Don't sacrifice privacy; improve technology

In light of the alleged "briefs bomber's" attempt to destroy an airplane on Christmas Day, a debate over the line between security and privacy has once again reared its head. The government's most fundamental responsibility is to keep its citizens safe. After this attempted attack, President Barack Obama correctly engaged in an examination of how the bomber got on the plane, and he began studies on how to prevent future attacks.

Regrettably, before these full examinations are finished, some security experts and Transportation Security Administration officials have expressed a desire to expand the use of full-body imaging machines at airports around the country (Baltimore-Washington Thurgood Marshall International Airport already has some machines installed). Some of these experts even want to go as far as to require every man, woman and child to go through these machines.

One positive will come from placing these screeners at airports around the country: Teenage boys will be more eager than ever to join their fathers at "Take your kid to work day. "

But seriously -- what is the price we are willing to pay for security? The best way for the public to understand how these machines work is to think about the piercing power of Superman's X-ray vision. Armed with that power, someone stationed in a little booth will look at "virtually naked" images of every person who enters the machines.

Are we really willing to allow the guy working that machine to see our mothers virtually nude? Our wives? Our children?

If the obvious privacy violations are not bad enough, there are also real concerns on whether these body images of children will violate European and American child pornography laws.

Now, those who support the machines claim the body images are immediately deleted after they are viewed a single time -- but really, in a world awash in tiny pocket cameras and cell phones, how long until we see body images of Angelina Jolie, George Clooney or Carrie Underwood appearing on the Internet? For some, this may be a positive for the machines, but how long until they put our pictures online?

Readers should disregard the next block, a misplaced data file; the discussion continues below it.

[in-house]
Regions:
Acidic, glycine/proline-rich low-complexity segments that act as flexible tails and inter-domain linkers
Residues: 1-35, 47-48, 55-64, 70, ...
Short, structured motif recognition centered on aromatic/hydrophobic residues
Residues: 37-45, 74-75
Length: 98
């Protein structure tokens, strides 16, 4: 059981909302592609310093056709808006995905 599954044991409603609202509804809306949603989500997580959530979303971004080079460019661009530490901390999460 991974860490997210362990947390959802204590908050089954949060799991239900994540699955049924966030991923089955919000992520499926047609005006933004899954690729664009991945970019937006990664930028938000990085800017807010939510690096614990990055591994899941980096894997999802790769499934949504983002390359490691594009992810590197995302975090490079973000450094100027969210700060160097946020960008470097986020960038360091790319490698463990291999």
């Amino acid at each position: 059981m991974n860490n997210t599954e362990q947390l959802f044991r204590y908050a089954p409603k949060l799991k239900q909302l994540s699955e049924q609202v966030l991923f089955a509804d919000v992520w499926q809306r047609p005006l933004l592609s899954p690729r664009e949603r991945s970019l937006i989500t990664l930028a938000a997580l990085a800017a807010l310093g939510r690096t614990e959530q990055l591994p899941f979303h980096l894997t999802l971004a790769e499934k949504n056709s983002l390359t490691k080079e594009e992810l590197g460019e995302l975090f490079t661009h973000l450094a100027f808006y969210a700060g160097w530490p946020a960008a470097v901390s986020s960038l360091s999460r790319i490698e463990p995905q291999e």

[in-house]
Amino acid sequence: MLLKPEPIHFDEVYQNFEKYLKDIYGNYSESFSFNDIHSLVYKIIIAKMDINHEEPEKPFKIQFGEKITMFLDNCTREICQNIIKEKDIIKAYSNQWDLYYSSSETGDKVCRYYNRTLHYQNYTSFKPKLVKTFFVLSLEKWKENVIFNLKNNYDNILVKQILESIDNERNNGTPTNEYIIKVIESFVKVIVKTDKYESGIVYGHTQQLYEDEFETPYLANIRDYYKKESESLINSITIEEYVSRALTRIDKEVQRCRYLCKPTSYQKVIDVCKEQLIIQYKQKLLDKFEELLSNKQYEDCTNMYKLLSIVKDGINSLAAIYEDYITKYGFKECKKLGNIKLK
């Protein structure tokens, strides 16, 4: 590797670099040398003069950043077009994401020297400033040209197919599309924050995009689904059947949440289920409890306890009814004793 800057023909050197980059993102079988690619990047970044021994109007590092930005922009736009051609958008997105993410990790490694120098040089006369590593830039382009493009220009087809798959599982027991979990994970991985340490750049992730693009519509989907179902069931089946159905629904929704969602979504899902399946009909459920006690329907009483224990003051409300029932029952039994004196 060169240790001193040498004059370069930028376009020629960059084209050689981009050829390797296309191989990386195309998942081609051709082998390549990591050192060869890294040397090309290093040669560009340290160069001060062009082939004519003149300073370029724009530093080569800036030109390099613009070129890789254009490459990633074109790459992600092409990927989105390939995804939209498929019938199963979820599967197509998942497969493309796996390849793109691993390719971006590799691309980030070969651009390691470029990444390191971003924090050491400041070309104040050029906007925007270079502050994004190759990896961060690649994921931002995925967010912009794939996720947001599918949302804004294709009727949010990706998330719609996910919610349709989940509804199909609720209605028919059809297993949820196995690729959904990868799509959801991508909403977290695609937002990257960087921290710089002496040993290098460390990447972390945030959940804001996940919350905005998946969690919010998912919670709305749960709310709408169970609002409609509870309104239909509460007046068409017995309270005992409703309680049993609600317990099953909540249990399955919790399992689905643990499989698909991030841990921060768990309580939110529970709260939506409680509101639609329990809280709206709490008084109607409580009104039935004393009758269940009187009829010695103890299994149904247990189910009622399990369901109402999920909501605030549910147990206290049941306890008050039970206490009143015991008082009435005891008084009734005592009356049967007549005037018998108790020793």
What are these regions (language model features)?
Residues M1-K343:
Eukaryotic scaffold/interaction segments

Also, if Americans are being asked to sacrifice all of this privacy, will they actually be safer? The truth is, there is no real evidence the machines would have picked up the briefs bomber's bomb-making material. The machines do not possess explosive sensors. They require humans to notice any visual anomaly and then perform a more thorough search of the individual.

These machines also have a gaping deficiency: They cannot see items stuffed in body cavities, which are commonly used by smugglers. It is not far-fetched to imagine a terrorist sticking the explosive material up his anal cavity, going to the restroom during the flight to remove it, and blowing up the plane. These machines would never detect the explosives.

If a dog can smell explosive material, how are we unable to create a machine that can do the same thing? There are billions of dollars currently unspent as part of the $787 billion stimulus package. The TSA should immediately provide grants and seed money to spur private investment into technological advances that can detect explosives and other threatening items on individuals. The free market will provide a solution that protects our privacy while simultaneously detecting threats to planes.

Benjamin Franklin said, "Those who sacrifice liberty for security deserve neither," and he was right. Before we give away any privacy, let's make sure it will at least be effective at keeping us safe.

Chris Meekins is a Republican political consultant who has run campaigns in Maryland, including Andy Harris' 2008 congressional race. His e-mail is

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